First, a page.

Monday, February 8, 2021

On The Painting Desk- Early Republican Romans for Wars of the Republic


For those who read my goals for 2021, it is no surprise that I am working on an Early Republican Roman force to use with the upcoming Wars of the Republic ruleset from Osprey.  I believe they are set to be published in November of 2021.  So far, I have been playtesting the rules using my famous Paper Templates, but for the release this year I will want a much better looking army so I can help advertise the game with Batreps and the like.  Therefore, I need to get a usable army up and running by September or so.  

The first step was to decide on the miniatures and get them ordered.  I won't lie, the Victrix line of Ancients inspired me to write Men of Bronze and Wars of the Republic  in the first place. I really wanted an excuse to use those models!  Victrix models are the base of my Macedonian, Corinthian, and Spartan armies for Men of BronzeLooking at their line I decided the Republican Roman boxes would be great!  They had one set with Hamata (Chain Mail) and one with Pectoral Armor.  Fantastic.  

I went ahead and ordered both sets.  Then disaster struck!  The US Distributor I initially order from could not get them!  They went on back order.  This was the same time I ordered my Greek light cavalry and elephants.  I got those just fine, and they have since been painted up!  However, after waiting I saw them on a different Distributors site and got antsy and ordered them again, but I had the same problem!  Curse you Pandemic!  

Finally, at Christmas I got two boxes of models, 1 from each distributor.  The big issue is...... I did not get a box of Hamata.  I got two boxes of Pectoral Armor.  I guess this is going to be a VERY early Roman Republic army!  I'm talking like during the early Samnite Wars right when the Triplex Acies became a thing.  Bummer.  However, I now had models to paint and assemble! 

I am sure at this point, you have two questions.  First, you probably want to know what kind of basing you need to have?  Secondly, how many models do I need for an army in Wars of the Republic? Those are great questions whenever you start a new project!  Let's take a closer look at each question: 

1. What kind of basing do I need to have? 

If you have purchased and read Men of Bronze (If you have, Thank you!) you know that I believe in scale and model agnostic game systems.  I do not have time or interest in basing and re-basing my armies.  I want to play games, not rip finished dudes off of bases and put them on different ones!  Ain't no one got time for that!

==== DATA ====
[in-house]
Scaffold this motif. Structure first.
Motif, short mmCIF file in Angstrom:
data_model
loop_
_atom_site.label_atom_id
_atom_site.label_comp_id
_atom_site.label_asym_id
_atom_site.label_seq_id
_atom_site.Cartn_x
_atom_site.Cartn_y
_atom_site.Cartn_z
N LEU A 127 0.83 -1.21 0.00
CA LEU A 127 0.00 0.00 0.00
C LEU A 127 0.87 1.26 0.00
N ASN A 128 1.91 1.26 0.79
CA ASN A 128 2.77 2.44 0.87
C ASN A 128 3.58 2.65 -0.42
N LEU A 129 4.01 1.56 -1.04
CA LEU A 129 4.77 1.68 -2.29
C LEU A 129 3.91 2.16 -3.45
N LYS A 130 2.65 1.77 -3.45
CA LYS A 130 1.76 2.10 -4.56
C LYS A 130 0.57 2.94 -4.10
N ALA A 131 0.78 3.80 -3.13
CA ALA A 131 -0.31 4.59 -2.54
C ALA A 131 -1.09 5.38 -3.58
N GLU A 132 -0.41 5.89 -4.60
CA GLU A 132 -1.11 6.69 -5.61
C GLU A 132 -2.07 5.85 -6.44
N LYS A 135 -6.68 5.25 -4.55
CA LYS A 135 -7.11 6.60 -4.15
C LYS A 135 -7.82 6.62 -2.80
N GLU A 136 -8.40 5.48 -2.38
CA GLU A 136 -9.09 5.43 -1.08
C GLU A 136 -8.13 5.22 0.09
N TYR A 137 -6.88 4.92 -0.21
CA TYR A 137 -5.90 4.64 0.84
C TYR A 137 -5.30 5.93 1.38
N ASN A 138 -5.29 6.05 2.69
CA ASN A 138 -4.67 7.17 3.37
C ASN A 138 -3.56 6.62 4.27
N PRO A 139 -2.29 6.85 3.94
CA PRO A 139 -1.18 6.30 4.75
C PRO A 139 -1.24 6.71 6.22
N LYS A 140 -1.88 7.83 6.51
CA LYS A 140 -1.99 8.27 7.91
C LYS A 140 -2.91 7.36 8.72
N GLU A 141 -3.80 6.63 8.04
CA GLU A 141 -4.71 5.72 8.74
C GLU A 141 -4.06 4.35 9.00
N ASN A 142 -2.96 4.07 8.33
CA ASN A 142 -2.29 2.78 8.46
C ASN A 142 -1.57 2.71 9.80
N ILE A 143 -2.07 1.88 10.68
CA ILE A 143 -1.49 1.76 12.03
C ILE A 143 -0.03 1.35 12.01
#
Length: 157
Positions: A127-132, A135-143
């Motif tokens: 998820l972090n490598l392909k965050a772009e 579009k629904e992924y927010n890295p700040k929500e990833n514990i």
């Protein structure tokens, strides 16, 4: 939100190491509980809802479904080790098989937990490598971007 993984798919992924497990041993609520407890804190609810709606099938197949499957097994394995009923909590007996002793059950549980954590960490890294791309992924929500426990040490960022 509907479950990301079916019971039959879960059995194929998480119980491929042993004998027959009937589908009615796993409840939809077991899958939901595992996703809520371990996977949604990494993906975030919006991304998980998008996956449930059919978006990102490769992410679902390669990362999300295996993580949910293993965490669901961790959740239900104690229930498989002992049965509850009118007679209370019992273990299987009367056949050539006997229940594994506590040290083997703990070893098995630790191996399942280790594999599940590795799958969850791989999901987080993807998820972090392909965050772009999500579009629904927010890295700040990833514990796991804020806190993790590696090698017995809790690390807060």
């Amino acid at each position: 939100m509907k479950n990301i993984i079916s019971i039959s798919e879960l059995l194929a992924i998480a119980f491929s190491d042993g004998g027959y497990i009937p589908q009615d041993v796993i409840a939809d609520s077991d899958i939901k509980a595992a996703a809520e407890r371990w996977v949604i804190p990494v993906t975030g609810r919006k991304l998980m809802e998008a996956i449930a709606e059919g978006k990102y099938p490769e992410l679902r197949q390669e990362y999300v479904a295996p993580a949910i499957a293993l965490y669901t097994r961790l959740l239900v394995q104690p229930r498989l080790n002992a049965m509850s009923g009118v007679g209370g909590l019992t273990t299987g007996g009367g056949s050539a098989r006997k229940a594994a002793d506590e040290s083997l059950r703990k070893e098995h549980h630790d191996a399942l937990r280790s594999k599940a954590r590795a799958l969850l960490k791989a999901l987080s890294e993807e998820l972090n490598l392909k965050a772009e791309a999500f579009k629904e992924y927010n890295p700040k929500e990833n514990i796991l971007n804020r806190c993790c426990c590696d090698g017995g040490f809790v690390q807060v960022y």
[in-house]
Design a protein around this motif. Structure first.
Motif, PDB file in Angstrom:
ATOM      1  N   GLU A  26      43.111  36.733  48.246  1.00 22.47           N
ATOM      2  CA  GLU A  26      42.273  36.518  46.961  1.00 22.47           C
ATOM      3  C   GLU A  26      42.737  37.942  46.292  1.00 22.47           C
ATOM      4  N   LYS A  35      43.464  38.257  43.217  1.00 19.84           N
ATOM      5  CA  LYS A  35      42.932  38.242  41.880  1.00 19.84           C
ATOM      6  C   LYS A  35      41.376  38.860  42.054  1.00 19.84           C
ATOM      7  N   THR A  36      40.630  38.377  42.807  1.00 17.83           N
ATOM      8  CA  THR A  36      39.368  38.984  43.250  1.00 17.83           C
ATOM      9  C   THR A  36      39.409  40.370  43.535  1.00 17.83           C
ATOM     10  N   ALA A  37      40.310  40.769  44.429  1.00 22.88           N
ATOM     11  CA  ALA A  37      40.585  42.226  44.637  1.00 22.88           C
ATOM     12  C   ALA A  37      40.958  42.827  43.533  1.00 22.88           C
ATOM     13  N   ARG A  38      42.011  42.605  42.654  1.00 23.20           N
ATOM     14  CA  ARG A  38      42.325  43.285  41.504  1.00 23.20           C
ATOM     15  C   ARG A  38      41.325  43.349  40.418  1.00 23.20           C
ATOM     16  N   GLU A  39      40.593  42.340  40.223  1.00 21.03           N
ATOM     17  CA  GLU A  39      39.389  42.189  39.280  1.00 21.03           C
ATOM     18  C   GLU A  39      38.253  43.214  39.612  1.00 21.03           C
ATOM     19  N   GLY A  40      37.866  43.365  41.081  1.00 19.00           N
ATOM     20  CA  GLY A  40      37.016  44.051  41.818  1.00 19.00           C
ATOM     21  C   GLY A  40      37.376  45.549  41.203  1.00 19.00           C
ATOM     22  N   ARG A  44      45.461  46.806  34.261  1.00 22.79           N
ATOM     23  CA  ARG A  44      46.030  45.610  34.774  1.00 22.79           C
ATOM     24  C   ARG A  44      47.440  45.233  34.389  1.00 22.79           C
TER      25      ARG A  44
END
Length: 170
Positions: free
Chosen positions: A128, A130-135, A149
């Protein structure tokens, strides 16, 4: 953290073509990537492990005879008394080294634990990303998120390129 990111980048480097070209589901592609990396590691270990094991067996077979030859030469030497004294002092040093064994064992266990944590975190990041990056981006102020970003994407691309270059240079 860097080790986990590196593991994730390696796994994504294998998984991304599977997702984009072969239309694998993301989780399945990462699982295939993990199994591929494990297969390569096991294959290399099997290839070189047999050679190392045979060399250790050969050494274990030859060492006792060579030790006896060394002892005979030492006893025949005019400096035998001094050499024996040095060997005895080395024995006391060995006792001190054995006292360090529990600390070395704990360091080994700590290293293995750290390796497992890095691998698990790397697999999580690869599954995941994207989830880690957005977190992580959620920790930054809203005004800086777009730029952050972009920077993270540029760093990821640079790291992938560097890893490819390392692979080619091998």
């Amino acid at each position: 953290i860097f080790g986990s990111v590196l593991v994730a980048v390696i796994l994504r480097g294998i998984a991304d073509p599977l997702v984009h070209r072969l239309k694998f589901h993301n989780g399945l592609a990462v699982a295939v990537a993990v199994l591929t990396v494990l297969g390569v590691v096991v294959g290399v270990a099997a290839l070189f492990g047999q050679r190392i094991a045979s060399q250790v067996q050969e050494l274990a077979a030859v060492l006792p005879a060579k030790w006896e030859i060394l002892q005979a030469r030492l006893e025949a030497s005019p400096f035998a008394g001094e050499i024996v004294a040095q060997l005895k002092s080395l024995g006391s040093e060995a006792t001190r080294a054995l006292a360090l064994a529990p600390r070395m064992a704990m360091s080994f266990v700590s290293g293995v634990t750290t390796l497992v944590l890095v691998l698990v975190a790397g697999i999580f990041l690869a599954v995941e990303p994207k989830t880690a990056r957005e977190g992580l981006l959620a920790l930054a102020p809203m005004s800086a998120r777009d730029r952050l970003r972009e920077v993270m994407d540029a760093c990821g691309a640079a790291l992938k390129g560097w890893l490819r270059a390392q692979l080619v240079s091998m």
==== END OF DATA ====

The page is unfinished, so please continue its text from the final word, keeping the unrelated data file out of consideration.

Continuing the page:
The game as written, uses units of 10 -15 models that are individually based.  However, the way the rules are written as a unit-versus-unit game there is no reason to use this scale or basing type.  It works just as well with unit's that are multi-based at 6mm, or 15mm in units of 4 to 6 per base, or 54mm models based individually.  You can learn more about the system I used in Men of Bronze on a different blog post, as the details there apply to this game too.   

2. How many models do I need for an army?

If you have purchased and read Men of Bronze (If you have, Thank you!) you know that I subscribe to a theory of having BIG BATLLES with small model counts.  I do not have the time, energy, or money to build huge armies of models!  Instead, I want big Ancients action with a manageable number of troops to paint.  I can only paint about 100-150 models a year, therefore I prefer a game system where I can get two armies done a year!  

Typically an army in Wars of the Republic is about 5-8 units.  That means about 50 to 80 guys if you use the same conventions as I did.  However, there is no need to do that.  You may choose to have 4 separate bases of 4 15mm per base instead for a unit, so about 80 to 128 models.  Or you could get really big units of 28mm if you want too, like this hobbyist!    

However, a new feature of Wars of the Republic is rules for fielding armies in "Wings" if you wish.  Therefore, you could have 3 Wings of 5-8 units per wing for a really big battle!  This is great for multiple players on a side or for those of you who DO have time, energy, and money for BIG BATTLES with a BIG model count!  

So for the start of my army, I went for the example army of a Triplex Acies in the main rulebook.  It looks like the following: 

1 unit of Skirmishers
2 Units of Hastati
1 Unit of Principes
1 Unit of Triarri

This is the size of army each "example" army was built to.  There is plenty of room to scale my army up if I want to, but this gives me a good base.  It also matches the Roman army I was using in many of my playtest games.  I had more than enough models with two sets.